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Effect of case management on neonatal mortality due to sepsis and pneumonia

Overview of attention for article published in BMC Public Health, January 2011
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Mentioned by

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1 tweeter

Citations

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66 Dimensions

Readers on

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223 Mendeley
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Title
Effect of case management on neonatal mortality due to sepsis and pneumonia
Published in
BMC Public Health, January 2011
DOI 10.1186/1471-2458-11-s3-s13
Pubmed ID
Authors

Anita K M Zaidi, Hammad A Ganatra, Sana Syed, Simon Cousens, Anne CC Lee, Robert Black, Zulfiqar A Bhutta, Joy E Lawn

Abstract

Each year almost one million newborns die from infections, mostly in low-income countries. Timely case management would save many lives but the relative mortality effect of varying strategies is unknown. We have estimated the effect of providing oral, or injectable antibiotics at home or in first-level facilities, and of in-patient hospital care on neonatal mortality from pneumonia and sepsis for use in the Lives Saved Tool (LiST).

Twitter Demographics

The data shown below were collected from the profile of 1 tweeter who shared this research output. Click here to find out more about how the information was compiled.

Mendeley readers

The data shown below were compiled from readership statistics for 223 Mendeley readers of this research output. Click here to see the associated Mendeley record.

Geographical breakdown

Country Count As %
United States 2 <1%
France 1 <1%
United Kingdom 1 <1%
India 1 <1%
Spain 1 <1%
Philippines 1 <1%
Unknown 216 97%

Demographic breakdown

Readers by professional status Count As %
Student > Master 45 20%
Researcher 35 16%
Student > Bachelor 21 9%
Student > Postgraduate 19 9%
Student > Ph. D. Student 13 6%
Other 43 19%
Unknown 47 21%
Readers by discipline Count As %
Medicine and Dentistry 94 42%
Social Sciences 22 10%
Nursing and Health Professions 20 9%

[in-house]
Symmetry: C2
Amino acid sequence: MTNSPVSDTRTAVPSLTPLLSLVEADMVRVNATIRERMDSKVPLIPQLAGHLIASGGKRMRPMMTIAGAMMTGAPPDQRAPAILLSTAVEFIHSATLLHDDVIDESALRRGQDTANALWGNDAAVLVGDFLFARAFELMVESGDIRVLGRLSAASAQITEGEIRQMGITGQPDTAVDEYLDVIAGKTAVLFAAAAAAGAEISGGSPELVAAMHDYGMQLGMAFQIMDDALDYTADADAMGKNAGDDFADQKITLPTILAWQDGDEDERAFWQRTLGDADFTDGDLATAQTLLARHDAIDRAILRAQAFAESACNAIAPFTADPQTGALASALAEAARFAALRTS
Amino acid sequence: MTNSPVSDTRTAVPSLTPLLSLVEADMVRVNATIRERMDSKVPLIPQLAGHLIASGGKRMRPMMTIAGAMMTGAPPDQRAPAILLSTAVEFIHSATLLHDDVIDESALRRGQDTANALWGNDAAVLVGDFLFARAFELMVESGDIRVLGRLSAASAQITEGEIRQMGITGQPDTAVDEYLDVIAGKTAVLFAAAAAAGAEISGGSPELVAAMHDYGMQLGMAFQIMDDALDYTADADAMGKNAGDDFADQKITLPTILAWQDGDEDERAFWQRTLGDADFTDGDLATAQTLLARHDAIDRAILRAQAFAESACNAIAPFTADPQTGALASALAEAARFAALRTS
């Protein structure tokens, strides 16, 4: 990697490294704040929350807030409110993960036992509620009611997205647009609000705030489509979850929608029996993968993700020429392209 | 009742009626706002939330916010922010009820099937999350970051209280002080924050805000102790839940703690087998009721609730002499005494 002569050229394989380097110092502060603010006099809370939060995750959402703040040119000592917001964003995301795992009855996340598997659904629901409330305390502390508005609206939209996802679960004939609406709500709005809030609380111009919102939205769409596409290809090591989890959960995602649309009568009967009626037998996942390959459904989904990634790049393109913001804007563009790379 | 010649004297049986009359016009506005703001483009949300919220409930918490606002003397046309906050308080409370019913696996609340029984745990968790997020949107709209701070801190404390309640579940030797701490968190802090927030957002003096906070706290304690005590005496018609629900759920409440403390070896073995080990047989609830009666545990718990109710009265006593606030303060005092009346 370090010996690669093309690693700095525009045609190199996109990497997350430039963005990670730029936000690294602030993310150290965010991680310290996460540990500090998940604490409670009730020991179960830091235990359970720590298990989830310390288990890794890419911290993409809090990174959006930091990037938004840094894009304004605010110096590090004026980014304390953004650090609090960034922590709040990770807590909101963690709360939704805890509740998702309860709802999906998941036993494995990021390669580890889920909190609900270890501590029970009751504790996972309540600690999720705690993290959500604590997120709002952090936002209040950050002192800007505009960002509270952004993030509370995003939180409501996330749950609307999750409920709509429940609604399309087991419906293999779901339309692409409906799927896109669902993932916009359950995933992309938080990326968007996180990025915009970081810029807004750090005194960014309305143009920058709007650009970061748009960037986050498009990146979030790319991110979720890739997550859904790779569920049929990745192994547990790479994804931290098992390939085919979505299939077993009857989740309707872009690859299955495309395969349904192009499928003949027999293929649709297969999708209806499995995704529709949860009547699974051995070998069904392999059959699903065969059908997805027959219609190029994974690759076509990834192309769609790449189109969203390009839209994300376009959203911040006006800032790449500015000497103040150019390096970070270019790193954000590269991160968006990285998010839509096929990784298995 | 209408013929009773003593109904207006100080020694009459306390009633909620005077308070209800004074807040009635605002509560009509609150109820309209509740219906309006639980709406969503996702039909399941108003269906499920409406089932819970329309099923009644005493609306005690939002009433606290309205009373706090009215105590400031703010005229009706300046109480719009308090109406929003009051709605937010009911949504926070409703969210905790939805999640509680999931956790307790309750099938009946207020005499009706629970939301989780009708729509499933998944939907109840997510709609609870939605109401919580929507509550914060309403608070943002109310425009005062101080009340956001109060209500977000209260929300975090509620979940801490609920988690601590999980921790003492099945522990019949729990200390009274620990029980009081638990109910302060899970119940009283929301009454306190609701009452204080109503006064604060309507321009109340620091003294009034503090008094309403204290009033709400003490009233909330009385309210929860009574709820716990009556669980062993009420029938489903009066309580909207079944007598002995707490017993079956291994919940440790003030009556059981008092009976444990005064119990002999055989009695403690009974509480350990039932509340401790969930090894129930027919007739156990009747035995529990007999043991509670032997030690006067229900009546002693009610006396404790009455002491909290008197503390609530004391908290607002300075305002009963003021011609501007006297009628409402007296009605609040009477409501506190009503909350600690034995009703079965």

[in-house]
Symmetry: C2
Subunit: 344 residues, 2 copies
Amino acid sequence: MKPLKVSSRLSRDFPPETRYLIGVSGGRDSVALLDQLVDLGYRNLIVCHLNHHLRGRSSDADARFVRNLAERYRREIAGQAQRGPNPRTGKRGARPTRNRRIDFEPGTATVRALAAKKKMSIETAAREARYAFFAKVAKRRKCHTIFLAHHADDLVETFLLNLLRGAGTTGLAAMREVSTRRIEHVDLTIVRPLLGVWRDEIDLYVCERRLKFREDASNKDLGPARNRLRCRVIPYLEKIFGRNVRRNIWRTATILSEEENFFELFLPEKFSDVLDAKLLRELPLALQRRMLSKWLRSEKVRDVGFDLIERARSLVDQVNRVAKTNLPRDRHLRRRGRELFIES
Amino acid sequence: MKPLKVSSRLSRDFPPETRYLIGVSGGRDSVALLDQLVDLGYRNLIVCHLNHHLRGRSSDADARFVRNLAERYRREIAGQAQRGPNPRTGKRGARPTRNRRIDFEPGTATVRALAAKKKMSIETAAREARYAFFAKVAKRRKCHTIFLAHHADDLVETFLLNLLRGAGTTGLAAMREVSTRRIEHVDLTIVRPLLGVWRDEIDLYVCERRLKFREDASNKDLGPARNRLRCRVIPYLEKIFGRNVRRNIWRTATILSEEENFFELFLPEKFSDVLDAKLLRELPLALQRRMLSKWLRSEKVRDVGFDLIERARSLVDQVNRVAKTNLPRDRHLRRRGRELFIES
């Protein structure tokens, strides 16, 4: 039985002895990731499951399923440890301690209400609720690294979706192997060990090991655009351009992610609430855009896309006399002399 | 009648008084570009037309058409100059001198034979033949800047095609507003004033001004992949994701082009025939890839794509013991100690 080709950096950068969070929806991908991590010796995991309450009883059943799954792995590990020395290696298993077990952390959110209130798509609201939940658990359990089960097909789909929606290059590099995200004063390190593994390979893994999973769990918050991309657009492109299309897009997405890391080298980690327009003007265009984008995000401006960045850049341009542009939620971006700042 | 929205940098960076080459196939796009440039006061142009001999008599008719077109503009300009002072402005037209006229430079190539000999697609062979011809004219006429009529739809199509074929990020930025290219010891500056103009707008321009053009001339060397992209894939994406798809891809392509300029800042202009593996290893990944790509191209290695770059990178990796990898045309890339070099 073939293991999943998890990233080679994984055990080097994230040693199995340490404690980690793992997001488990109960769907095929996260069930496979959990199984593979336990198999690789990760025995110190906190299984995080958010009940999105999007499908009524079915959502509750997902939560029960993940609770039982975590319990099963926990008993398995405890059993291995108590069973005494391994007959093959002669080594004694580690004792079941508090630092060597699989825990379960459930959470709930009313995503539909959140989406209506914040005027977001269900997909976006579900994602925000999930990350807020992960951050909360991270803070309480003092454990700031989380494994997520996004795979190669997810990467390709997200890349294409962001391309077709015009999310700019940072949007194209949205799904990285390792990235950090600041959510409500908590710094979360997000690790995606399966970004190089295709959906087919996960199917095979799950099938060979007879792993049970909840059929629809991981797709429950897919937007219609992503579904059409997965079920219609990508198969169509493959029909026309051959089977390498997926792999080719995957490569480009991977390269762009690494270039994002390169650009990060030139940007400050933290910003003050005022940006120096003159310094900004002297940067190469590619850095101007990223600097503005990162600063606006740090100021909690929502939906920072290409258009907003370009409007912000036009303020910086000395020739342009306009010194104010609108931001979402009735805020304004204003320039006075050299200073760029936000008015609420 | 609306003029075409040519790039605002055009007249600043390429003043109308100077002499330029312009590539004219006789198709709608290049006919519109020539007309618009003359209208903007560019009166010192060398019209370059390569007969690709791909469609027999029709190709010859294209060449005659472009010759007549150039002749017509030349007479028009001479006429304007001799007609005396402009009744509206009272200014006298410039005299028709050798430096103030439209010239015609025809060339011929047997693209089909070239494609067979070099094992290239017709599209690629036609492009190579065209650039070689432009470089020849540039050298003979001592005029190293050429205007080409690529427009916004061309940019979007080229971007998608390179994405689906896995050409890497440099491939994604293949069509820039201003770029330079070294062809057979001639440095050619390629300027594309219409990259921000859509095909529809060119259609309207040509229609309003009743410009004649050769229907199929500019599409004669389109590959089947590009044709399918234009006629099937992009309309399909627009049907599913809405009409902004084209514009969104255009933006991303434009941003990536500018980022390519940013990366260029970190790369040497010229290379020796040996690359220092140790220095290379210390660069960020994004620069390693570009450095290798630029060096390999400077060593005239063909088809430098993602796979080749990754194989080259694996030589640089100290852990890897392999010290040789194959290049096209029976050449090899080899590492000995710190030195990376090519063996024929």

Agricultural and Biological Sciences 10 4%
Computer Science 5 2%
Other 24 11%
Unknown 48 22%

Attention Score in Context

This research output has an Altmetric Attention Score of 1. This is our high-level measure of the quality and quantity of online attention that it has received. This Attention Score, as well as the ranking and number of research outputs shown below, was calculated when the research output was last mentioned on 17 September 2012.
All research outputs
#7,762,070
of 12,372,633 outputs
Outputs from BMC Public Health
#6,316
of 8,418 outputs
Outputs of similar age
#71,372
of 128,042 outputs
Outputs of similar age from BMC Public Health
#136
of 195 outputs
Altmetric has tracked 12,372,633 research outputs across all sources so far. This one is in the 23rd percentile – i.e., 23% of other outputs scored the same or lower than it.
So far Altmetric has tracked 8,418 research outputs from this source. They typically receive a lot more attention than average, with a mean Attention Score of 10.7. This one is in the 17th percentile – i.e., 17% of its peers scored the same or lower than it.
Older research outputs will score higher simply because they've had more time to accumulate mentions. To account for age we can compare this Altmetric Attention Score to the 128,042 tracked outputs that were published within six weeks on either side of this one in any source. This one is in the 32nd percentile – i.e., 32% of its contemporaries scored the same or lower than it.
We're also able to compare this research output to 195 others from the same source and published within six weeks on either side of this one. This one is in the 21st percentile – i.e., 21% of its contemporaries scored the same or lower than it.